Buro Tries: A Meditation through Batik workshop with Cotton & Sago

Art therapy


By Rachel Au

Buro Tries: A Meditation through Batik workshop with Cotton & Sago

Previously, the Buro 24/7 Malaysia team had their first encounter with meditation through Sound Bath in a #FitnessFriday episode. This time, we tried it with art. Imagine closing your eyes, opening your heart and focusing on your inner peace. Fifteen minutes later, let your spiritual mind guide your hand in creating your batik design and painting in the colours. This is the Meditation through Batik workshop by Cotton & Sago, a social initiative making efforts to create a more sustainable income for the batik artisans from Kuala Terengganu while promoting the art itself. Watch this month’s episode of Buro Tries below for a glimpse of what the Meditation through Batik workshop entails:

Jasmine Leong, Senior Fashion Writer

When I found out that we were up for a session of meditation through batik, I was absolutely intrigued. While I know that painting can get really therapeutic, but batik painting with hot wax involved? This, I got to see. After we made ourselves comfortable in a circle, we started our meditation session with Shelley. We were told to relax with our eyes closed and were later asked a few questions. Although I had quite a difficult time concentrating (the room was rather noisy), surprisingly, I was able to visualise whatever that was described by Shelley while we were meditating. Next, we proceeded to batik painting, guided by Mr Lazim. As I suspected, applying wax in fine lines with the canting tool was anything but easy. Thankfully, Mr Lazim was patient and encouraging. Before I knew it, I was already done with the wax application and started painting—my favourite part of the session. My batik painting was no masterpiece but it certainly did not stop me from having fun. Who knew creating ombré effects with watercolours on fabric could be so enjoyable? I’d definitely do it again! Only next time, I will (try to) ace the fine lines. 

Rachel Au, Senior Lifestyle Writer

I’ve never been really good with meditations even though Shelley’s voice was pleasantly soothing. In general, I usually find it so hard to quiet my mind (with the only exception being when I’m having food coma). Still, all was not in vain. Art itself is, after all, therapeutic and the workshop was a great stress reliever. The batik canting part with the oil was slightly tricky but not completely foreign. It reminded me of the time we tried making pewter accessories by freehand. Then, with the finished pattern, we fill the gaps with an array of watercolours where an ombre effect is also possible. Being too excited, my batik design ended up looking like a unicorn had just pooped on a butterfly. That’s okay. Art is abstract, right? In all seriousness, I learnt the basics of this traditional art and it’s true that we should preserve this heritage and support the local artisans who don’t get enough credit for their skills.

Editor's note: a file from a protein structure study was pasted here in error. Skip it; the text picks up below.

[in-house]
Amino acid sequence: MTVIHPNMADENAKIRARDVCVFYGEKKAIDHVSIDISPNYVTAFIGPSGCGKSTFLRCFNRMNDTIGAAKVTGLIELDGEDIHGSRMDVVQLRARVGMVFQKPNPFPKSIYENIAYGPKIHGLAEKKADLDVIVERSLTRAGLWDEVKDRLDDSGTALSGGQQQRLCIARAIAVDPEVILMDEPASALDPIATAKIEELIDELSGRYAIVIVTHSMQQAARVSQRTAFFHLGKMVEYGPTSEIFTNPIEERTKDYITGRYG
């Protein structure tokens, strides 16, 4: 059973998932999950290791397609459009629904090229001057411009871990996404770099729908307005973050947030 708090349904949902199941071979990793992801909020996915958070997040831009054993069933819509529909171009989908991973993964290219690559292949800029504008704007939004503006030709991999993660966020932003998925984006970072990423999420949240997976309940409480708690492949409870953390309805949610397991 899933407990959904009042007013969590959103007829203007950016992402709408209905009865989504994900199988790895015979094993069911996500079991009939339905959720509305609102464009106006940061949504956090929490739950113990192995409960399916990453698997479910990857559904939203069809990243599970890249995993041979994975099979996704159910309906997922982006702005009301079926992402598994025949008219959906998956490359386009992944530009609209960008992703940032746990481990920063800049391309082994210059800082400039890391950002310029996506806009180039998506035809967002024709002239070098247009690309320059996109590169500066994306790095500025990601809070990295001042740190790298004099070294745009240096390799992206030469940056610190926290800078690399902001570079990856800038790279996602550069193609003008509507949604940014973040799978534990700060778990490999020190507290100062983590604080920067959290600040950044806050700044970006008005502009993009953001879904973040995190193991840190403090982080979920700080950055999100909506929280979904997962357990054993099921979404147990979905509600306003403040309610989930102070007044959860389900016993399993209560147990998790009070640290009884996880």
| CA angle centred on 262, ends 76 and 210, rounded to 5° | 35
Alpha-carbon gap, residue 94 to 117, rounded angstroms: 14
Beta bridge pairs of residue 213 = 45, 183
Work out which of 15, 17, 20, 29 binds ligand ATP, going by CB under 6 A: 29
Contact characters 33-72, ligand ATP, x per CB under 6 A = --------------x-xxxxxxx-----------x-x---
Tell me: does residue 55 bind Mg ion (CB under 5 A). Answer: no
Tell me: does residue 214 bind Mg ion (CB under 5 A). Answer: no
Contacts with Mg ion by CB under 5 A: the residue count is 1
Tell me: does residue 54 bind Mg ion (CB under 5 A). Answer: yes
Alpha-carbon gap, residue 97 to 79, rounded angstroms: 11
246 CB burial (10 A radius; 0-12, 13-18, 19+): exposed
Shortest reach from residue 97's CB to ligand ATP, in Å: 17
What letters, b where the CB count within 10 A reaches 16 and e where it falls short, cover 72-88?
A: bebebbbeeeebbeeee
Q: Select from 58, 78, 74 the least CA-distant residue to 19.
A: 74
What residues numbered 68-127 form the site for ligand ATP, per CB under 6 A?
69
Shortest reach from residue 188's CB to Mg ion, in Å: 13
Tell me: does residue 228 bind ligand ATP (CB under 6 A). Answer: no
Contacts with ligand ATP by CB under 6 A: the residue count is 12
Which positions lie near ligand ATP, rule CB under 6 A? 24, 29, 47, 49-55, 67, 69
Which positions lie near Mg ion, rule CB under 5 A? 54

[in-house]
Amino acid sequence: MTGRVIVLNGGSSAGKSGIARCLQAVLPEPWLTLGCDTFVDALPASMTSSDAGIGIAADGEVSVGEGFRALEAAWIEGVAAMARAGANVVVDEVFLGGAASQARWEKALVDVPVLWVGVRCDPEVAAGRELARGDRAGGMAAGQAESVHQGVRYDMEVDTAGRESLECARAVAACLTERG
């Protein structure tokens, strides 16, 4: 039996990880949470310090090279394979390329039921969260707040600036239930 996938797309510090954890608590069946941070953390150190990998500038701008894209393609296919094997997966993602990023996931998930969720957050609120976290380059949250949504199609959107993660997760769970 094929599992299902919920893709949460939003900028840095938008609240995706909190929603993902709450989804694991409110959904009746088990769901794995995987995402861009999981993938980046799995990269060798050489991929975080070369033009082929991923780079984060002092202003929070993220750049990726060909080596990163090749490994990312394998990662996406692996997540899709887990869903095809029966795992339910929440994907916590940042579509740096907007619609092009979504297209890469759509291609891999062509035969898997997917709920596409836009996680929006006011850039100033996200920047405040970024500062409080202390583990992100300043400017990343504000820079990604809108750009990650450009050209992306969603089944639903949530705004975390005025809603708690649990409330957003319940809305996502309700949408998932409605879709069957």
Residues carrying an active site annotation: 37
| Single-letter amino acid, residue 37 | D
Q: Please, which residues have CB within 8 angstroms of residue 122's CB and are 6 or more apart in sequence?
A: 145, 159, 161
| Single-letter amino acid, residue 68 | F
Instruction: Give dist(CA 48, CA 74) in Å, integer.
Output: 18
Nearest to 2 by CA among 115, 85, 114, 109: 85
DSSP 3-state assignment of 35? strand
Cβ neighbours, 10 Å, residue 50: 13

Loh Wei Yeen, Fashion & Beauty Writer

I’ve only used meditation as a means to clear my mind and relax (usually before going to bed), so doing it before embarking on something creative was a new experience to me. But on this occasion I found that it helped me de-stress along with visualise what I wanted to paint thereafter. Mr Lazim was super helpful with teaching us how to use the hot wax to create specific batik prints and how to fill them in with watercolours—gradient by gradient. If not for his patience (and assistance), there would have been irregular squiggles on my piece of cloth as an attempt to show off my less-than-impressive artistic skills. But it was interesting to find out more about our nation’s proudest form of textile art during this session—I guess the extra perk would be the unwind-and-relax part. 


For more info on the Meditation through Batik workshop, visit Cotton & Sago’s website or Facebook. This video was shot at Earth Heir@Ampang Point, another social initiative which celebrates traditional craftsmanship while empowering artisans to achieve sustainable livelihoods.


Watch the previous episodes of Buro Tries:

Buro Tries: Pyrography Art (Wood Burning) with Black Milk Project

Buro Tries: Latte Art with Common Man Coffee Roasters KL

Buro Tries: Finding the perfect engagement ring at Cartier

Explore More